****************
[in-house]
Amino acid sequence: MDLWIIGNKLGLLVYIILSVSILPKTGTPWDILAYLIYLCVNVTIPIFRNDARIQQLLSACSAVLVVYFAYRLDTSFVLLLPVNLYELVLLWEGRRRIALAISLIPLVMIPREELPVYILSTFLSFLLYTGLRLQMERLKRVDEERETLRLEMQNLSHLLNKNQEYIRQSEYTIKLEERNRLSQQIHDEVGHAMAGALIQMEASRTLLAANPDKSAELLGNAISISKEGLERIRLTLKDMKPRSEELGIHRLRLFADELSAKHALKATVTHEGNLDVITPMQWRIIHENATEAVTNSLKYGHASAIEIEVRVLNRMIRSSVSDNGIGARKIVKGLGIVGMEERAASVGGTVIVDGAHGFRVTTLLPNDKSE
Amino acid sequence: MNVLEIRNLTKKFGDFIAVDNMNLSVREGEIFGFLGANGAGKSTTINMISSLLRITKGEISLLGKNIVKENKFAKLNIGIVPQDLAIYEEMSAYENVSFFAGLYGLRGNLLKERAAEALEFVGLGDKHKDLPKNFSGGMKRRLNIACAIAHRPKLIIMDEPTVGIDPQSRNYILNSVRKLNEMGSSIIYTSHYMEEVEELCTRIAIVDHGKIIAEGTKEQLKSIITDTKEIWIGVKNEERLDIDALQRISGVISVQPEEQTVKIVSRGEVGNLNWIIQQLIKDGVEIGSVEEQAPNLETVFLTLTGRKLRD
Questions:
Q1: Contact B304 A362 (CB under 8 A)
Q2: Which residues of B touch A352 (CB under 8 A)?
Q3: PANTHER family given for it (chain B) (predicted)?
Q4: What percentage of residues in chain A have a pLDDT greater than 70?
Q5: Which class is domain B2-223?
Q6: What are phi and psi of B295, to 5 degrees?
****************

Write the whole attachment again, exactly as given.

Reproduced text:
[in-house]
Amino acid sequence: MDLWIIGNKLGLLVYIILSVSILPKTGTPWDILAYLIYLCVNVTIPIFRNDARIQQLLSACSAVLVVYFAYRLDTSFVLLLPVNLYELVLLWEGRRRIALAISLIPLVMIPREELPVYILSTFLSFLLYTGLRLQMERLKRVDEERETLRLEMQNLSHLLNKNQEYIRQSEYTIKLEERNRLSQQIHDEVGHAMAGALIQMEASRTLLAANPDKSAELLGNAISISKEGLERIRLTLKDMKPRSEELGIHRLRLFADELSAKHALKATVTHEGNLDVITPMQWRIIHENATEAVTNSLKYGHASAIEIEVRVLNRMIRSSVSDNGIGARKIVKGLGIVGMEERAASVGGTVIVDGAHGFRVTTLLPNDKSE
Amino acid sequence: MNVLEIRNLTKKFGDFIAVDNMNLSVREGEIFGFLGANGAGKSTTINMISSLLRITKGEISLLGKNIVKENKFAKLNIGIVPQDLAIYEEMSAYENVSFFAGLYGLRGNLLKERAAEALEFVGLGDKHKDLPKNFSGGMKRRLNIACAIAHRPKLIIMDEPTVGIDPQSRNYILNSVRKLNEMGSSIIYTSHYMEEVEELCTRIAIVDHGKIIAEGTKEQLKSIITDTKEIWIGVKNEERLDIDALQRISGVISVQPEEQTVKIVSRGEVGNLNWIIQQLIKDGVEIGSVEEQAPNLETVFLTLTGRKLRD
Questions:
Q1: Contact B304 A362 (CB under 8 A)
Q2: Which residues of B touch A352 (CB under 8 A)?
Q3: PANTHER family given for it (chain B) (predicted)?
Q4: What percentage of residues in chain A have a pLDDT greater than 70?
Q5: Which class is domain B2-223?
Q6: What are phi and psi of B295, to 5 degrees?